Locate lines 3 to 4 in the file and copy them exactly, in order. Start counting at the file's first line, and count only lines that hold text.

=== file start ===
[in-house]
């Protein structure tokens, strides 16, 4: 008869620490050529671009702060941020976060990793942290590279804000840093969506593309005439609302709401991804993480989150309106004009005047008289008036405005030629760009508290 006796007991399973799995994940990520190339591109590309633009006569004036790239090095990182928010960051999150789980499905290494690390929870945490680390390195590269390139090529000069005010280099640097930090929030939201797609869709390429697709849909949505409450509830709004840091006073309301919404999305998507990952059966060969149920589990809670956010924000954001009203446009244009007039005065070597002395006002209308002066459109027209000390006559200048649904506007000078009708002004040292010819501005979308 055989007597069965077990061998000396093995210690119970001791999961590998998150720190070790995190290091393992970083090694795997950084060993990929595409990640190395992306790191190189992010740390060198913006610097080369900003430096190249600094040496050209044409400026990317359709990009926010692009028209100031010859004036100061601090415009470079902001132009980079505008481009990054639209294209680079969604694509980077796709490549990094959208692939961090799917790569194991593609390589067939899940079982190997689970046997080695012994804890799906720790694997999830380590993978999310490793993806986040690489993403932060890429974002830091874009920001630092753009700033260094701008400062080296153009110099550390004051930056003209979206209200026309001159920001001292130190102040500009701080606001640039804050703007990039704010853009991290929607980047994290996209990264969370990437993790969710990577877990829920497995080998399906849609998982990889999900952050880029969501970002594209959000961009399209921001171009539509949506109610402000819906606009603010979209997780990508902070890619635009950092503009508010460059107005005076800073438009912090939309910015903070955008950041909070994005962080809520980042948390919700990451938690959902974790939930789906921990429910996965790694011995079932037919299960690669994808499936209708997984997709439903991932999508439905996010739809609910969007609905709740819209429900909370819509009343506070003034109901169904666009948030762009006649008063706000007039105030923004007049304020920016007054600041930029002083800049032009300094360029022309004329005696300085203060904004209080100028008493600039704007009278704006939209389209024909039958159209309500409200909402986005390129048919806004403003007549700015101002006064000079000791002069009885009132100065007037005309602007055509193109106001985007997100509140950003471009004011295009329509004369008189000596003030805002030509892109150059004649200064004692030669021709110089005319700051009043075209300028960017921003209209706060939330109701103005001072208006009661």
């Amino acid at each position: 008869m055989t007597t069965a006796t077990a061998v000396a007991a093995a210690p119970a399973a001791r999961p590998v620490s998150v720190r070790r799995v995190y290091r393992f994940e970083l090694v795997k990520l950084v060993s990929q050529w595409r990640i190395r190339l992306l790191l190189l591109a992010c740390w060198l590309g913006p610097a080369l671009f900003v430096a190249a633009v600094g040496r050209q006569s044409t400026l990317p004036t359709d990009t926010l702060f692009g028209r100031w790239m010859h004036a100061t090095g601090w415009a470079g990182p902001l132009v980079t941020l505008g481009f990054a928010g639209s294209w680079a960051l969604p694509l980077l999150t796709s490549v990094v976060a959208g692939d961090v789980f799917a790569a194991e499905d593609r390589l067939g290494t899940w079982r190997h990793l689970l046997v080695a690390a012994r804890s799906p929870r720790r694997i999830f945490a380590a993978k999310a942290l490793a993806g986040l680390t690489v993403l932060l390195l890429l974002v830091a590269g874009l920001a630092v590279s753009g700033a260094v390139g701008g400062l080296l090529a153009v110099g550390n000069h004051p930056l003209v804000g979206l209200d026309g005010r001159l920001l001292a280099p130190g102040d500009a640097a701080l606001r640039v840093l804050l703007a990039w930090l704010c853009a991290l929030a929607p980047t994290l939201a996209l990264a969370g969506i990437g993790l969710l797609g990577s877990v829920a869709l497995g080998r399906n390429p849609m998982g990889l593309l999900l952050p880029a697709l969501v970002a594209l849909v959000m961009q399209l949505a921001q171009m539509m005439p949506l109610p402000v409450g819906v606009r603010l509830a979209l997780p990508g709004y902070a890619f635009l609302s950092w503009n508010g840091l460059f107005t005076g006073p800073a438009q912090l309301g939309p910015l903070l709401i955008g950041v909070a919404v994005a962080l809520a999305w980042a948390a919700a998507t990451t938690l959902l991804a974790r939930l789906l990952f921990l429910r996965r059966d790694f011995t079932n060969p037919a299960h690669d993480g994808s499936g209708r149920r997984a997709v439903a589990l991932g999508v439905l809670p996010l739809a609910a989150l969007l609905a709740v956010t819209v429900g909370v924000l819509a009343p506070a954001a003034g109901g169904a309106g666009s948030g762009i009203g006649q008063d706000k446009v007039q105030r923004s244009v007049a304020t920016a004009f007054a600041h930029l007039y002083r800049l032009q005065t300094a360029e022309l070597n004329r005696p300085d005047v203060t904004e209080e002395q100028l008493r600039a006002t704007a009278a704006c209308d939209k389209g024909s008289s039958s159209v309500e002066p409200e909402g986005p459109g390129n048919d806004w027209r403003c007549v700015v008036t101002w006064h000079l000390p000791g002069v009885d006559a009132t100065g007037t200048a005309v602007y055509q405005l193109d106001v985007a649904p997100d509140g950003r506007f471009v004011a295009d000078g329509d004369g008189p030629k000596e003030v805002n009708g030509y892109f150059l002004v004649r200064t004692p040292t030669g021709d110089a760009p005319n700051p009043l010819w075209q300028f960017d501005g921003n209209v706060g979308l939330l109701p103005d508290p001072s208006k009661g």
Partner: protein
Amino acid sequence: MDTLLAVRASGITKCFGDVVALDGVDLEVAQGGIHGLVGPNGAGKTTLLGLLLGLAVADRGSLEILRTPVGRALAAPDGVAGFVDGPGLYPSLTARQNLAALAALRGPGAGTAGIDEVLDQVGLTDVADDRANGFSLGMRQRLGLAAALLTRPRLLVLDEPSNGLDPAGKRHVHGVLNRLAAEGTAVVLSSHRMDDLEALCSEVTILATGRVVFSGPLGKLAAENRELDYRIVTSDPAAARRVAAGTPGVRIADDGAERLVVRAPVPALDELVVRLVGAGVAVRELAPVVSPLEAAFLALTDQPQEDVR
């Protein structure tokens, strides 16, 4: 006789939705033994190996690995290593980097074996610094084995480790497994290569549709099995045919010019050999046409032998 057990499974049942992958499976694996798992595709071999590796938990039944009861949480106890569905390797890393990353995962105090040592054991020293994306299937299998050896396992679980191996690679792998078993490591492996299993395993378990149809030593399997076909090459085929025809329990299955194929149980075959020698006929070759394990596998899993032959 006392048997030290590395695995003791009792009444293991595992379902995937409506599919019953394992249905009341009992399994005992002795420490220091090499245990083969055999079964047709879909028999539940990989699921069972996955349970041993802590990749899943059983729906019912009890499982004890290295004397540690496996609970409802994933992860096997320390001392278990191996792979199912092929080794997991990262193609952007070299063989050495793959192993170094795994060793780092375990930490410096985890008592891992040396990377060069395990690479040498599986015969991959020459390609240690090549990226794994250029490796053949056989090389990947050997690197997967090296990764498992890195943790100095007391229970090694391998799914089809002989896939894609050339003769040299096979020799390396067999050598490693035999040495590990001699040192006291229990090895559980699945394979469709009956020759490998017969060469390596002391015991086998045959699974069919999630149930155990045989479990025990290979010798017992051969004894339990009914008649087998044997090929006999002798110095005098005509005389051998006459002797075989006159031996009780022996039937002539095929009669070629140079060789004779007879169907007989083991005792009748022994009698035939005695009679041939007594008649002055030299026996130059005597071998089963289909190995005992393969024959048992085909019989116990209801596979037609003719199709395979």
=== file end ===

């Amino acid at each position: 008869m055989t007597t069965a006796t077990a061998v000396a007991a093995a210690p119970a399973a001791r999961p590998v620490s998150v720190r070790r799995v995190y290091r393992f994940e970083l090694v795997k990520l950084v060993s990929q050529w595409r990640i190395r190339l992306l790191l190189l591109a992010c740390w060198l590309g913006p610097a080369l671009f900003v430096a190249a633009v600094g040496r050209q006569s044409t400026l990317p004036t359709d990009t926010l702060f692009g028209r100031w790239m010859h004036a100061t090095g601090w415009a470079g990182p902001l132009v980079t941020l505008g481009f990054a928010g639209s294209w680079a960051l969604p694509l980077l999150t796709s490549v990094v976060a959208g692939d961090v789980f799917a790569a194991e499905d593609r390589l067939g290494t899940w079982r190997h990793l689970l046997v080695a690390a012994r804890s799906p929870r720790r694997i999830f945490a380590a993978k999310a942290l490793a993806g986040l680390t690489v993403l932060l390195l890429l974002v830091a590269g874009l920001a630092v590279s753009g700033a260094v390139g701008g400062l080296l090529a153009v110099g550390n000069h004051p930056l003209v804000g979206l209200d026309g005010r001159l920001l001292a280099p130190g102040d500009a640097a701080l606001r640039v840093l804050l703007a990039w930090l704010c853009a991290l929030a929607p980047t994290l939201a996209l990264a969370g969506i990437g993790l969710l797609g990577s877990v829920a869709l497995g080998r399906n390429p849609m998982g990889l593309l999900l952050p880029a697709l969501v970002a594209l849909v959000m961009q399209l949505a921001q171009m539509m005439p949506l109610p402000v409450g819906v606009r603010l509830a979209l997780p990508g709004y902070a890619f635009l609302s950092w503009n508010g840091l460059f107005t005076g006073p800073a438009q912090l309301g939309p910015l903070l709401i955008g950041v909070a919404v994005a962080l809520a999305w980042a948390a919700a998507t990451t938690l959902l991804a974790r939930l789906l990952f921990l429910r996965r059966d790694f011995t079932n060969p037919a299960h690669d993480g994808s499936g209708r149920r997984a997709v439903a589990l991932g999508v439905l809670p996010l739809a609910a989150l969007l609905a709740v956010t819209v429900g909370v924000l819509a009343p506070a954001a003034g109901g169904a309106g666009s948030g762009i009203g006649q008063d706000k446009v007039q105030r923004s244009v007049a304020t920016a004009f007054a600041h930029l007039y002083r800049l032009q005065t300094a360029e022309l070597n004329r005696p300085d005047v203060t904004e209080e002395q100028l008493r600039a006002t704007a009278a704006c209308d939209k389209g024909s008289s039958s159209v309500e002066p409200e909402g986005p459109g390129n048919d806004w027209r403003c007549v700015v008036t101002w006064h000079l000390p000791g002069v009885d006559a009132t100065g007037t200048a005309v602007y055509q405005l193109d106001v985007a649904p997100d509140g950003r506007f471009v004011a295009d000078g329509d004369g008189p030629k000596e003030v805002n009708g030509y892109f150059l002004v004649r200064t004692p040292t030669g021709d110089a760009p005319n700051p009043l010819w075209q300028f960017d501005g921003n209209v706060g979308l939330l109701p103005d508290p001072s208006k009661g």
Partner: protein